Tuesday, June 10, 2014

Revenue Rejects Taxpayers Argument Delivery of Sand and Rock Part of Taxable Transaction

Excerpts of Revenue's Determination follow:

Taxpayer is a local, Indiana contractor. Among other services, Taxpayer installs pre-built "pole buildings." Taxpayer also performs concrete work and installs waterway and other drainage facilities. Taxpayer invoices its customers using "lump sum" and "time and material" contracts. The Indiana Department of Revenue ("Department") conducted an audit review of Taxpayer's business records.

According to the Department's audit report, "[T]he [T]axpayer made sales and deliveries of yellow rock and dirt." The report noted that Taxpayer billed customers at what was called a "flat rate" which included a delivery charge. Treating these sales as the transfer of "tangible personal property," the audit assessed sales/use tax "where no tax was collected and no valid exemption certificate was obtained from the customer."

Taxpayer argues that the delivery of "yellow rock and dirt" was not subject to tax. Taxpayer explains that it has an agreement with a local stone quarry by which Taxpayer receives the "yellow rock and dirt" free of charge. However, the unwritten agreement purportedly provides that Taxpayer is not allowed to charge his customers for the "yellow rock and dirt." As explained in Taxpayer's protest letter:

[T]he [T]axpayer is only allowed to charge the customer a hauling fee for the use of his truck and use of his equipment to load and unload the dirt. There is no sales transaction involved for the materials[,] only for the service of hauling rock and stone.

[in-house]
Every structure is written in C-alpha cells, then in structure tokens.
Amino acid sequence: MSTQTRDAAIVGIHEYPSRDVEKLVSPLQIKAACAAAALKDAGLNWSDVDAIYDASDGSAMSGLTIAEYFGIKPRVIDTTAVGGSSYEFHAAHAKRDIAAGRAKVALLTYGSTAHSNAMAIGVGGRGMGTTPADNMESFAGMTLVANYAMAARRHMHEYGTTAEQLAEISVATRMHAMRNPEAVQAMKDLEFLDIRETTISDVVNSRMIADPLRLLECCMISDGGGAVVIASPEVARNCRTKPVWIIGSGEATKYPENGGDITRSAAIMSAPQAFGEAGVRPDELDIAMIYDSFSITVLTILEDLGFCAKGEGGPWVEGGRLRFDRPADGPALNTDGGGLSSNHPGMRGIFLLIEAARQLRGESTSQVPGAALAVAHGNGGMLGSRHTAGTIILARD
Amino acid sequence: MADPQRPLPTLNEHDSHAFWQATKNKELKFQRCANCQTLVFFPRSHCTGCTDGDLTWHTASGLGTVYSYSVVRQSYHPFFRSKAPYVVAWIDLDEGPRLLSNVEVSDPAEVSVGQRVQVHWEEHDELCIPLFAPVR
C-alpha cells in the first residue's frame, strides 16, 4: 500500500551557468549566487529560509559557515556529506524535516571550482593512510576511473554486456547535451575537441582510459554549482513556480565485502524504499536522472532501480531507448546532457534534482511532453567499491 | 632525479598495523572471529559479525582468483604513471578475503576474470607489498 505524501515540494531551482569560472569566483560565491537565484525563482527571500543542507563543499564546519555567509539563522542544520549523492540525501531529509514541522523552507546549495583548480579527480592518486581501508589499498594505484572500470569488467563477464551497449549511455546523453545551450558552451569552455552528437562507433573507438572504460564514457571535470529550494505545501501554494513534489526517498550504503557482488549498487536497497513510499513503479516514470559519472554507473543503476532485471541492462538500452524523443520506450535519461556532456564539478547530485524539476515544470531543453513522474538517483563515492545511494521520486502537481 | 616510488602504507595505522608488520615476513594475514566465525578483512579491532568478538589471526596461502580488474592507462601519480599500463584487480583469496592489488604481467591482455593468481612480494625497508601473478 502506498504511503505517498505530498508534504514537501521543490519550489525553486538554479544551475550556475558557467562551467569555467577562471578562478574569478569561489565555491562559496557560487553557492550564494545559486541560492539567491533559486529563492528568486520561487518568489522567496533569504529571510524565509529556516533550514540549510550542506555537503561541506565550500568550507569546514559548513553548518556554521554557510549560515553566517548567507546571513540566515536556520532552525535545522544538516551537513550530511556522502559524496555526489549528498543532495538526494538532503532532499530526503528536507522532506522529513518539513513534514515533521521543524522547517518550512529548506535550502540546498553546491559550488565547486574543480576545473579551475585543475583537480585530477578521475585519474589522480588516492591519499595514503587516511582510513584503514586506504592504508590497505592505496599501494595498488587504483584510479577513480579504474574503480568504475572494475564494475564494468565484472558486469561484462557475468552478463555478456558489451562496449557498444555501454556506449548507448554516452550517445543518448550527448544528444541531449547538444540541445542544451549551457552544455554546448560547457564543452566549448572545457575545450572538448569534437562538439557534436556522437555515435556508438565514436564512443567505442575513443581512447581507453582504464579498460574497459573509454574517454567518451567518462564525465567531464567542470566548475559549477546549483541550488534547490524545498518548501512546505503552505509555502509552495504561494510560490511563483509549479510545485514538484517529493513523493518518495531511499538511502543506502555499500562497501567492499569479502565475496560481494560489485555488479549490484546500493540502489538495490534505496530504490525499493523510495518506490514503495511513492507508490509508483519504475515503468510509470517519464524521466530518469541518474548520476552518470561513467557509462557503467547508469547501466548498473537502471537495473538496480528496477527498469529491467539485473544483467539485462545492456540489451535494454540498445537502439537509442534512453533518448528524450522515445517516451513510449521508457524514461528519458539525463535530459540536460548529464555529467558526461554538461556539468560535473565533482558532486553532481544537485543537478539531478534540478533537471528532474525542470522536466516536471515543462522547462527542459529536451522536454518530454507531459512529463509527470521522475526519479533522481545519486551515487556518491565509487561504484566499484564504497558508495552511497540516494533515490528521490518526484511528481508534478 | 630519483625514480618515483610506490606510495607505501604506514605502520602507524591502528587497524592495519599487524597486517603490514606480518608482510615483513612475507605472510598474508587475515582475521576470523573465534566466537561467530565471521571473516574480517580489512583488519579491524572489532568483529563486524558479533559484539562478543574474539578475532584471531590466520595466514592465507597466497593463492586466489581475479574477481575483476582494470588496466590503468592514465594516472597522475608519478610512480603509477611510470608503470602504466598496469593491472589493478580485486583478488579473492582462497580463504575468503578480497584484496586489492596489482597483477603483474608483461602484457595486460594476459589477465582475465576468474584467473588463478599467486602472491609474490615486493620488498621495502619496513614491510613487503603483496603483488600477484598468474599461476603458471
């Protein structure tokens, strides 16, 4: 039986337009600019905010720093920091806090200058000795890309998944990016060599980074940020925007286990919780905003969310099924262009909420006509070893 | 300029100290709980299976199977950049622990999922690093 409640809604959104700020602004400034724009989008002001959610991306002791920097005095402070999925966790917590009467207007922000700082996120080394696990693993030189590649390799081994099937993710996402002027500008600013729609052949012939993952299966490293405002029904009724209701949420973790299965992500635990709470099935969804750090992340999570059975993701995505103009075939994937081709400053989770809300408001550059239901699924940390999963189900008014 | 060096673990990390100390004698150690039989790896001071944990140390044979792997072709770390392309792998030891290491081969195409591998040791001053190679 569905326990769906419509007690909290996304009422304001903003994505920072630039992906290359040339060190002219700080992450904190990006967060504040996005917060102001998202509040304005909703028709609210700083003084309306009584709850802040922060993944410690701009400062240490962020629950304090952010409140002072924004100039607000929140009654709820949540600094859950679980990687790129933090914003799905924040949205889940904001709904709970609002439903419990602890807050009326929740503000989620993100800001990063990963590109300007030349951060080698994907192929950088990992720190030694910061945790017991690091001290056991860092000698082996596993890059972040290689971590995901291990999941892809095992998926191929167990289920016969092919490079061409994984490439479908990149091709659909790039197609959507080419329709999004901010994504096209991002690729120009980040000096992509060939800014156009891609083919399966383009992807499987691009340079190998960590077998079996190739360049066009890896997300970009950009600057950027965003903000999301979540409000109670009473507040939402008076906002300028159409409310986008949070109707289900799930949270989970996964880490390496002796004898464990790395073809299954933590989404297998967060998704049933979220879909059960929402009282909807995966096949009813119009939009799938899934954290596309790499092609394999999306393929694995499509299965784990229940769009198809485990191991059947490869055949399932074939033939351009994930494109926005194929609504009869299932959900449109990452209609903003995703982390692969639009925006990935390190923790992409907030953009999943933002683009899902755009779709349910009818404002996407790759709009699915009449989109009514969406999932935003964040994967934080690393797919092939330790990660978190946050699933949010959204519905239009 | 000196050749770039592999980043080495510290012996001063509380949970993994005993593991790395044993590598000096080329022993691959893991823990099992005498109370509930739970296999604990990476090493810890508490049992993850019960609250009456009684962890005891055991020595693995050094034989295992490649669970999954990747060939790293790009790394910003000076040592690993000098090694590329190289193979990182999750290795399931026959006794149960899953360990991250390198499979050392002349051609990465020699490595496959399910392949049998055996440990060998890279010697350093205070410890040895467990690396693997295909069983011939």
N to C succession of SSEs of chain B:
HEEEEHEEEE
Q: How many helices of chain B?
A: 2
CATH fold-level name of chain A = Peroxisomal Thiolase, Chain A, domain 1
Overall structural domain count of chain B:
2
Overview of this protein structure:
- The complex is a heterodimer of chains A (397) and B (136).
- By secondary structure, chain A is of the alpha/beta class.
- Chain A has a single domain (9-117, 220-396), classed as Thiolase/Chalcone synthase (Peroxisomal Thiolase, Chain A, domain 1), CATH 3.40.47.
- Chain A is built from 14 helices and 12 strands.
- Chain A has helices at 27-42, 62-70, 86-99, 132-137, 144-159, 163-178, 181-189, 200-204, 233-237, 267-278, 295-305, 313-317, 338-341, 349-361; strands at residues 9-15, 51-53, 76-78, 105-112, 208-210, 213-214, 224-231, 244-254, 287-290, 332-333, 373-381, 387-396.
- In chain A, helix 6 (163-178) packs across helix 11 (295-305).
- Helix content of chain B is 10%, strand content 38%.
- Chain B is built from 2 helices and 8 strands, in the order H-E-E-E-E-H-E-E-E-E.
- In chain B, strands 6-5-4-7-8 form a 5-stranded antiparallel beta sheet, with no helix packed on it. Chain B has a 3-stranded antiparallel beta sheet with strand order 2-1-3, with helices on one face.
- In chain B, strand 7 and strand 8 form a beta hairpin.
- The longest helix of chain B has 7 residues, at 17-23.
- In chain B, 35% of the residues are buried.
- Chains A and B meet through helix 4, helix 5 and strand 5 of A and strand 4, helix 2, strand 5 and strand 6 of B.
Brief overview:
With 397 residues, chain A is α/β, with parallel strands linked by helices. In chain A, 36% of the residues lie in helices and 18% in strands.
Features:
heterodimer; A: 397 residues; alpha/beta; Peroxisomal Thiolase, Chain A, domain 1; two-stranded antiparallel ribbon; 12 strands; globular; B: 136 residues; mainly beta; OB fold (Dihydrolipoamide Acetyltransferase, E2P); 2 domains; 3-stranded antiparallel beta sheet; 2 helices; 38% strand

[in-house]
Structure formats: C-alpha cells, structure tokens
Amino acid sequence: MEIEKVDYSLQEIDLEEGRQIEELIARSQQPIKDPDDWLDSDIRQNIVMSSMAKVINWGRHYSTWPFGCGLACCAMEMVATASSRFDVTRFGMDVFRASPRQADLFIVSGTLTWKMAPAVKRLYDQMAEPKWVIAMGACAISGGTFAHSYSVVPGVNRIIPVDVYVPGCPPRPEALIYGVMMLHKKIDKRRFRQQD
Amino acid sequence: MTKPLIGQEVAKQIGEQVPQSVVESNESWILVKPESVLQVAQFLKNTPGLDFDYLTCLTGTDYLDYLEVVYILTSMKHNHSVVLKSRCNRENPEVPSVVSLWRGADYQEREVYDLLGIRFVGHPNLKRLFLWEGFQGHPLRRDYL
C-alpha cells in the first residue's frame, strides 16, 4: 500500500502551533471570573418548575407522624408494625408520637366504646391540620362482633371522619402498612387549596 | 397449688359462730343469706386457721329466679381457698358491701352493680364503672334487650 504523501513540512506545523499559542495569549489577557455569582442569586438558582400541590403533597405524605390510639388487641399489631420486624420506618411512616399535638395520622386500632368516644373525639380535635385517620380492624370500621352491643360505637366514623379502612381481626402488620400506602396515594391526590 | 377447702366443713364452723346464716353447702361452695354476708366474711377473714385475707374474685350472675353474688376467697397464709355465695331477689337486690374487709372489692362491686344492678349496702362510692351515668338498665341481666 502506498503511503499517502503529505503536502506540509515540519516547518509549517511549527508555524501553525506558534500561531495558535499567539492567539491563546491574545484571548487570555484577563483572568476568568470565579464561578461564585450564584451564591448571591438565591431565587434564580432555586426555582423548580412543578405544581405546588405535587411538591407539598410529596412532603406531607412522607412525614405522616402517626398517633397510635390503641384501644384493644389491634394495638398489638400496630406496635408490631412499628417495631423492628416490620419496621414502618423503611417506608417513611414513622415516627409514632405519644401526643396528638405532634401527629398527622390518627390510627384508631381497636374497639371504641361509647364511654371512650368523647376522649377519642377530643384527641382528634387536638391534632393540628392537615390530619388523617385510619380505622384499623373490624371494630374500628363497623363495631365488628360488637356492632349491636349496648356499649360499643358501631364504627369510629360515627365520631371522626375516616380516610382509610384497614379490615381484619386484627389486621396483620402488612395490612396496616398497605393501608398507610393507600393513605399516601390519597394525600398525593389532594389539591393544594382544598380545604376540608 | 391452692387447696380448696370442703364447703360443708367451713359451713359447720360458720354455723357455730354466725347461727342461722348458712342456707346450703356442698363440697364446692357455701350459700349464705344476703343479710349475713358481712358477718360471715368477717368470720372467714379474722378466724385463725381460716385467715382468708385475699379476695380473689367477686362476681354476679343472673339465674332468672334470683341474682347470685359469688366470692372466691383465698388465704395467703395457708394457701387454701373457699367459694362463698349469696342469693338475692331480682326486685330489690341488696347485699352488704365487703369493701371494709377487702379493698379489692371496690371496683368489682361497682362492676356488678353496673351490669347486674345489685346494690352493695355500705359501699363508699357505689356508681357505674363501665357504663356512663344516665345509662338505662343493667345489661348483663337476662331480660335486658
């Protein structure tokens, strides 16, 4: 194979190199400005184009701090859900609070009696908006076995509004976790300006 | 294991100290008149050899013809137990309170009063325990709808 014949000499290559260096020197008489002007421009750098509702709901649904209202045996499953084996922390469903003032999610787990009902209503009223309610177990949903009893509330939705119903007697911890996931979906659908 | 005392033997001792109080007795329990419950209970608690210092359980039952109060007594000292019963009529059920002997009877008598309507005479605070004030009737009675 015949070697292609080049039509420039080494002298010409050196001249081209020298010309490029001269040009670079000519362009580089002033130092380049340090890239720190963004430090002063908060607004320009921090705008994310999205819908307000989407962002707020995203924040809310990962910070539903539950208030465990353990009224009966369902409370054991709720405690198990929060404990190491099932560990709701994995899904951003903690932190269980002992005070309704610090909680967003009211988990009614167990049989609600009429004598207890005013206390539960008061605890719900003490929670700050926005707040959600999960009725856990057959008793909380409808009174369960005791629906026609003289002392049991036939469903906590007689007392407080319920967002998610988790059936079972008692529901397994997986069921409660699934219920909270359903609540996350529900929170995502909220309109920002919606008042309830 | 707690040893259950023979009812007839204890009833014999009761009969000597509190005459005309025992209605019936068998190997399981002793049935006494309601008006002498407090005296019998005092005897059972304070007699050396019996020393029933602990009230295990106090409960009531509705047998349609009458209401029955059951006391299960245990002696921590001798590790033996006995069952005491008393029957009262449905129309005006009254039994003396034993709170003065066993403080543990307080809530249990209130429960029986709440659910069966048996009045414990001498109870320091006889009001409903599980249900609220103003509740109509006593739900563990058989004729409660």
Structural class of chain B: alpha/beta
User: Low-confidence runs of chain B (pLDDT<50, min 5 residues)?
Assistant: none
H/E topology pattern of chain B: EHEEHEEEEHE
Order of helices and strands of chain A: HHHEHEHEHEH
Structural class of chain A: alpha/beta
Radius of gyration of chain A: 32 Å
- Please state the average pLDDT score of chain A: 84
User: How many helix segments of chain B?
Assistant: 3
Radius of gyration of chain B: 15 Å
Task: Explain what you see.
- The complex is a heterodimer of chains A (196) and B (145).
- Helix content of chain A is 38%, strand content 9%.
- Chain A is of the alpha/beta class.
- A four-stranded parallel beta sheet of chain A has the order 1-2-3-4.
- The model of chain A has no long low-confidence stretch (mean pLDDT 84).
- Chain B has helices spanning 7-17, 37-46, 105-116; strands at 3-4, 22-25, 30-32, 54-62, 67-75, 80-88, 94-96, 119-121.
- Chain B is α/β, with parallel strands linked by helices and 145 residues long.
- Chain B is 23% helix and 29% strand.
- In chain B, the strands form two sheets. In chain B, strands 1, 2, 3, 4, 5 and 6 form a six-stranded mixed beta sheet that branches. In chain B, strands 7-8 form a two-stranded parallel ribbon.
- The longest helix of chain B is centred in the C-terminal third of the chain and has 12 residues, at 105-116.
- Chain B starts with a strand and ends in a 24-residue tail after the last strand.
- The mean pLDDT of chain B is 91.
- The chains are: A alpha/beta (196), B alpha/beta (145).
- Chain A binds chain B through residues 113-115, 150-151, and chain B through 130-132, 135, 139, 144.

The issue is whether the "yellow rock and dirt" transactions constitute the taxpayer sale of tangible personal property or whether Taxpayer is merely providing its customers an exempt service.

Taxpayer was able to provide copies of the original invoices, a statement from the quarry owner stating that the "yellow rock and dirt" is "a waste product," and a copy of Taxpayer's rate chart setting out prices for delivery and labor charges. However, the nature of the transactions is plain on the face of Taxpayer's own invoices. Taxpayer acquired rock and sand and delivered rock and sand to its customers. In the ordinary course of Taxpayer's business, Taxpayer acquired tangible personal property and transferred ownership of that property for consideration. In essence, Taxpayer's customers wanted rock and sand; Taxpayer acquired rock and sand; Taxpayer delivered rock and sand and charged – typically – a single unitary price for the rock and sand. As such the price charged is subject to sales tax under 45 IAC 2.2-1-1(a) which states:

For purposes of the state gross retail tax and use tax, such taxes shall apply and be computed in respect to each retail unitary transaction. A unitary transaction shall include all items of property and/or services for which a total combined charge or selling price is computed for payment irrespective of the fact that services which would not otherwise be taxable are included in the charge or selling price. See also IC § 6-2.5-4-1(a) ("A person is engaged in selling at retail when, in the ordinary course of his regularly conducted trade or business, he . . . acquires tangible personal property for the purpose of resale . . . and transfers that property to another person for consideration.")

The Department has no reason to doubt Taxpayer's intentions but its determination on this issue is circumscribed by the documentation available, Taxpayer's burden of proving that the assessment is wrong, and any reasonable application of the law.